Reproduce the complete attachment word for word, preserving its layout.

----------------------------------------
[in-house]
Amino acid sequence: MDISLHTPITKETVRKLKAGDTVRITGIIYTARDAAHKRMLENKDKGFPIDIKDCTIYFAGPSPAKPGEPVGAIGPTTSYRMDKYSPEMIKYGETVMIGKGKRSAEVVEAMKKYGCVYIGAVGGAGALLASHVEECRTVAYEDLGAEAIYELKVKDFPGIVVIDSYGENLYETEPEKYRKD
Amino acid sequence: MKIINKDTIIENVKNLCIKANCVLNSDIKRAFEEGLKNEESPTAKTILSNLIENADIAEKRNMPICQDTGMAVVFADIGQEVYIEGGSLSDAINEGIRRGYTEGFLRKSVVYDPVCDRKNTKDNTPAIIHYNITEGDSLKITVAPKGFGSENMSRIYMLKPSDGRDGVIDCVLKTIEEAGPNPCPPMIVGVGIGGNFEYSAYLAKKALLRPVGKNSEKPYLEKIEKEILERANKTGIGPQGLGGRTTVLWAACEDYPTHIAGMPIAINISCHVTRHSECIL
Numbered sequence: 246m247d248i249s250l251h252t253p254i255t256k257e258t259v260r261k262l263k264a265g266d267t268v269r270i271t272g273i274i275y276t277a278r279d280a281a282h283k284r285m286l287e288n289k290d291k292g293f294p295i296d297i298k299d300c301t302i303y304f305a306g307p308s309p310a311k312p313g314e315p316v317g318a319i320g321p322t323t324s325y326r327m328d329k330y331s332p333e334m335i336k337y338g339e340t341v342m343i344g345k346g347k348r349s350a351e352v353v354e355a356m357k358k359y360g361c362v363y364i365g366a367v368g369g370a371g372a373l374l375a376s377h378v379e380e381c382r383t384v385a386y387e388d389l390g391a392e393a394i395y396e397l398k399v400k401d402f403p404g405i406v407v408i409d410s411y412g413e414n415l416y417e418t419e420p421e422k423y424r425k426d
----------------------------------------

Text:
[in-house]
Amino acid sequence: MDISLHTPITKETVRKLKAGDTVRITGIIYTARDAAHKRMLENKDKGFPIDIKDCTIYFAGPSPAKPGEPVGAIGPTTSYRMDKYSPEMIKYGETVMIGKGKRSAEVVEAMKKYGCVYIGAVGGAGALLASHVEECRTVAYEDLGAEAIYELKVKDFPGIVVIDSYGENLYETEPEKYRKD
Amino acid sequence: MKIINKDTIIENVKNLCIKANCVLNSDIKRAFEEGLKNEESPTAKTILSNLIENADIAEKRNMPICQDTGMAVVFADIGQEVYIEGGSLSDAINEGIRRGYTEGFLRKSVVYDPVCDRKNTKDNTPAIIHYNITEGDSLKITVAPKGFGSENMSRIYMLKPSDGRDGVIDCVLKTIEEAGPNPCPPMIVGVGIGGNFEYSAYLAKKALLRPVGKNSEKPYLEKIEKEILERANKTGIGPQGLGGRTTVLWAACEDYPTHIAGMPIAINISCHVTRHSECIL
Numbered sequence: 246m247d248i249s250l251h252t253p254i255t256k257e258t259v260r261k262l263k264a265g266d267t268v269r270i271t272g273i274i275y276t277a278r279d280a281a282h283k284r285m286l287e288n289k290d291k292g293f294p295i296d297i298k299d300c301t302i303y304f305a306g307p308s309p310a311k312p313g314e315p316v317g318a319i320g321p322t323t324s325y326r327m328d329k330y331s332p333e334m335i336k337y338g339e340t341v342m343i344g345k346g347k348r349s350a351e352v353v354e355a356m357k358k359y360g361c362v363y364i365g366a367v368g369g370a371g372a373l374l375a376s377h378v379e380e381c382r383t384v385a386y387e388d389l390g391a392e393a394i395y396e397l398k399v400k401d402f403p404g405i406v407v408i409d410s411y412g413e414n415l416y417e418t419e420p421e422k423y424r425k426d